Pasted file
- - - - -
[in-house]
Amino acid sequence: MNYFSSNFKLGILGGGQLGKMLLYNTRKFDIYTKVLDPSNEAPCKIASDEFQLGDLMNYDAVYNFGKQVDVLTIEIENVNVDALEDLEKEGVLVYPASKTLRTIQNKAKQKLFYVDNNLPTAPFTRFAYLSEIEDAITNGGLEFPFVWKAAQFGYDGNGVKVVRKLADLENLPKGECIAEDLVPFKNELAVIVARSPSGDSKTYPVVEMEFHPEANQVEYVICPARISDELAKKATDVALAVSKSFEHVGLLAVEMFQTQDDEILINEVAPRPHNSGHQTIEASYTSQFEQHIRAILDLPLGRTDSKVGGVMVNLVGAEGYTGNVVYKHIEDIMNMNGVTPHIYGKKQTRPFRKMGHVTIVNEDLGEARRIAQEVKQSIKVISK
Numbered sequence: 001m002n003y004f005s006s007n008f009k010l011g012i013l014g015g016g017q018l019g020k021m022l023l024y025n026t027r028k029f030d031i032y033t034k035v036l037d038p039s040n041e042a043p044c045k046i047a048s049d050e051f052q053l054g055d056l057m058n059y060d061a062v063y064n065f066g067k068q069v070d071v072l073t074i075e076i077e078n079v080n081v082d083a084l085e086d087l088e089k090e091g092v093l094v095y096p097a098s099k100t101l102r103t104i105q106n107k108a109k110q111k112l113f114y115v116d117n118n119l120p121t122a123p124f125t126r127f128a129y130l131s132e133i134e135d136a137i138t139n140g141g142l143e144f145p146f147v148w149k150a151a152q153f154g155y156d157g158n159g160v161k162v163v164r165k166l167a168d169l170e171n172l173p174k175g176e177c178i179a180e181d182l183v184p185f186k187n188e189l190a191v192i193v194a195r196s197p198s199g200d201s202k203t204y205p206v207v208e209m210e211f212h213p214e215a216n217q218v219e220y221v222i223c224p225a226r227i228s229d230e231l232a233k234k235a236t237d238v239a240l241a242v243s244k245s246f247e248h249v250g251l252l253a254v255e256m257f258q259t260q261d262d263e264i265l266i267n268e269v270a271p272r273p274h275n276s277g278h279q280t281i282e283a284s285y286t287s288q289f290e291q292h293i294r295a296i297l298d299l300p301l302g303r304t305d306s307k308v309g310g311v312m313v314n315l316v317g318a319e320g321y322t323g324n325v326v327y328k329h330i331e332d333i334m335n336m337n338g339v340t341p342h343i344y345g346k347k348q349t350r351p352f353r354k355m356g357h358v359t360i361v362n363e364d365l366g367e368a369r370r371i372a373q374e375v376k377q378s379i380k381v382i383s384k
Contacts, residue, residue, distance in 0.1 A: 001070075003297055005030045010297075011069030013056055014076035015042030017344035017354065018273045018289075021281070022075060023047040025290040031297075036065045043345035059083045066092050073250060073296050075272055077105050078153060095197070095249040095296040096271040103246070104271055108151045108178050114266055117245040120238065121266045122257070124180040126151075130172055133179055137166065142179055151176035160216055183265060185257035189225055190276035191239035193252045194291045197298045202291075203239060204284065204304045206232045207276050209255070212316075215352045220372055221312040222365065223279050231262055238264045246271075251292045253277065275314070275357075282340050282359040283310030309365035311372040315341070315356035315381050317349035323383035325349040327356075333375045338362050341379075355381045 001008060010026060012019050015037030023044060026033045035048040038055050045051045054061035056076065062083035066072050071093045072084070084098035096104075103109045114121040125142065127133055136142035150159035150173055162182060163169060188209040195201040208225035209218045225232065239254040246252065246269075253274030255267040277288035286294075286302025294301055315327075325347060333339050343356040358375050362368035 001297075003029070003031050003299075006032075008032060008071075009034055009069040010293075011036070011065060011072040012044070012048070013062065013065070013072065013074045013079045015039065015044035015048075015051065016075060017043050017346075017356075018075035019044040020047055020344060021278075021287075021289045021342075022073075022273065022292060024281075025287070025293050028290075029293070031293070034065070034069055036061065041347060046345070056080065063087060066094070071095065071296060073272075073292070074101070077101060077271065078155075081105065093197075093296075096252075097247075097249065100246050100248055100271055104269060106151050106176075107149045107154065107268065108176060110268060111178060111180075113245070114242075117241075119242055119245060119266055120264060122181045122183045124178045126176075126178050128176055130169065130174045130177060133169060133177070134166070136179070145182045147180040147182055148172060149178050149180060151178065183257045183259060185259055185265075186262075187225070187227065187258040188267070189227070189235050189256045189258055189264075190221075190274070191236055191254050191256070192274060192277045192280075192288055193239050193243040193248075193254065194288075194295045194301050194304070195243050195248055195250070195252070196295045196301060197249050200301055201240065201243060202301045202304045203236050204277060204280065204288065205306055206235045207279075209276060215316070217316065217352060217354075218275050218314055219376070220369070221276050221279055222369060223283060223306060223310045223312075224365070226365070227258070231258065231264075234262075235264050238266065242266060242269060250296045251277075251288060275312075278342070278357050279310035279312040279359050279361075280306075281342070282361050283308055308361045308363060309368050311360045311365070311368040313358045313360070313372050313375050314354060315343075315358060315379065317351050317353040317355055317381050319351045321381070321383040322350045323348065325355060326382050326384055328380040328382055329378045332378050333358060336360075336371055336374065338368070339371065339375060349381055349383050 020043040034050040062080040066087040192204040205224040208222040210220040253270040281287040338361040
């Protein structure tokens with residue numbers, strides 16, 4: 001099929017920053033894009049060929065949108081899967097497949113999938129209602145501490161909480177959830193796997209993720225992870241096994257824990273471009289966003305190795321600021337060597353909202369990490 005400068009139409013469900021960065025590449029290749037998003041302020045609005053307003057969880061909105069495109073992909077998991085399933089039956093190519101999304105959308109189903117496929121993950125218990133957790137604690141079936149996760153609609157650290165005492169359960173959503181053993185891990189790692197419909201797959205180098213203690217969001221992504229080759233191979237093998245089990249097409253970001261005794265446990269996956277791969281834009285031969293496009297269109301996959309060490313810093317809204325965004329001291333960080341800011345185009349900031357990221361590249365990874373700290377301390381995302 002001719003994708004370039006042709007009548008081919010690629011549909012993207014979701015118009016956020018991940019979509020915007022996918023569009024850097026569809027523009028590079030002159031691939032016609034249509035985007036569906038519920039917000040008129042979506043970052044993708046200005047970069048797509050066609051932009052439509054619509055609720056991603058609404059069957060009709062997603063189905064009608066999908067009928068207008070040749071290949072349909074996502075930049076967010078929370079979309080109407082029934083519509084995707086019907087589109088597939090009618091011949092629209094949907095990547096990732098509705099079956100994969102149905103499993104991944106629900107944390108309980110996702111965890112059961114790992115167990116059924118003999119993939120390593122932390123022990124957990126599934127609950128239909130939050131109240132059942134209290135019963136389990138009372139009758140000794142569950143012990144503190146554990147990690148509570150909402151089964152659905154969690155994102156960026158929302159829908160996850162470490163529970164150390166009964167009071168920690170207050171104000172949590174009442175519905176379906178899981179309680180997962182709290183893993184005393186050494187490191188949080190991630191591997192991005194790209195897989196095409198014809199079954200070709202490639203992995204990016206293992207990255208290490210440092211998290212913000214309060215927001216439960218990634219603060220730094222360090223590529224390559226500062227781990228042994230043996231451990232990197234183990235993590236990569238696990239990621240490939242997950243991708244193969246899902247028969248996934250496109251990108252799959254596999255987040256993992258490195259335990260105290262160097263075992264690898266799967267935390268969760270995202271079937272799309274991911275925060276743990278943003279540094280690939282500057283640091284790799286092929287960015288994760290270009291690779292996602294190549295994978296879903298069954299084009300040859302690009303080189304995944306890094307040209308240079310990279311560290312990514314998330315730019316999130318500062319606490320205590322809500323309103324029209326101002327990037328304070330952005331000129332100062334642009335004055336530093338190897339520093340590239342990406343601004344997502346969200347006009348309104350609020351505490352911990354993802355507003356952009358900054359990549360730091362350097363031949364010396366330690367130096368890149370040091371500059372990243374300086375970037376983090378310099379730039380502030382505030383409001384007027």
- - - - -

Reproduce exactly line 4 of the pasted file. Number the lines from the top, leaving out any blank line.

Contacts, residue, residue, distance in 0.1 A: 001070075003297055005030045010297075011069030013056055014076035015042030017344035017354065018273045018289075021281070022075060023047040025290040031297075036065045043345035059083045066092050073250060073296050075272055077105050078153060095197070095249040095296040096271040103246070104271055108151045108178050114266055117245040120238065121266045122257070124180040126151075130172055133179055137166065142179055151176035160216055183265060185257035189225055190276035191239035193252045194291045197298045202291075203239060204284065204304045206232045207276050209255070212316075215352045220372055221312040222365065223279050231262055238264045246271075251292045253277065275314070275357075282340050282359040283310030309365035311372040315341070315356035315381050317349035323383035325349040327356075333375045338362050341379075355381045 001008060010026060012019050015037030023044060026033045035048040038055050045051045054061035056076065062083035066072050071093045072084070084098035096104075103109045114121040125142065127133055136142035150159035150173055162182060163169060188209040195201040208225035209218045225232065239254040246252065246269075253274030255267040277288035286294075286302025294301055315327075325347060333339050343356040358375050362368035 001297075003029070003031050003299075006032075008032060008071075009034055009069040010293075011036070011065060011072040012044070012048070013062065013065070013072065013074045013079045015039065015044035015048075015051065016075060017043050017346075017356075018075035019044040020047055020344060021278075021287075021289045021342075022073075022273065022292060024281075025287070025293050028290075029293070031293070034065070034069055036061065041347060046345070056080065063087060066094070071095065071296060073272075073292070074101070077101060077271065078155075081105065093197075093296075096252075097247075097249065100246050100248055100271055104269060106151050106176075107149045107154065107268065108176060110268060111178060111180075113245070114242075117241075119242055119245060119266055120264060122181045122183045124178045126176075126178050128176055130169065130174045130177060133169060133177070134166070136179070145182045147180040147182055148172060149178050149180060151178065183257045183259060185259055185265075186262075187225070187227065187258040188267070189227070189235050189256045189258055189264075190221075190274070191236055191254050191256070192274060192277045192280075192288055193239050193243040193248075193254065194288075194295045194301050194304070195243050195248055195250070195252070196295045196301060197249050200301055201240065201243060202301045202304045203236050204277060204280065204288065205306055206235045207279075209276060215316070217316065217352060217354075218275050218314055219376070220369070221276050221279055222369060223283060223306060223310045223312075224365070226365070227258070231258065231264075234262075235264050238266065242266060242269060250296045251277075251288060275312075278342070278357050279310035279312040279359050279361075280306075281342070282361050283308055308361045308363060309368050311360045311365070311368040313358045313360070313372050313375050314354060315343075315358060315379065317351050317353040317355055317381050319351045321381070321383040322350045323348065325355060326382050326384055328380040328382055329378045332378050333358060336360075336371055336374065338368070339371065339375060349381055349383050 020043040034050040062080040066087040192204040205224040208222040210220040253270040281287040338361040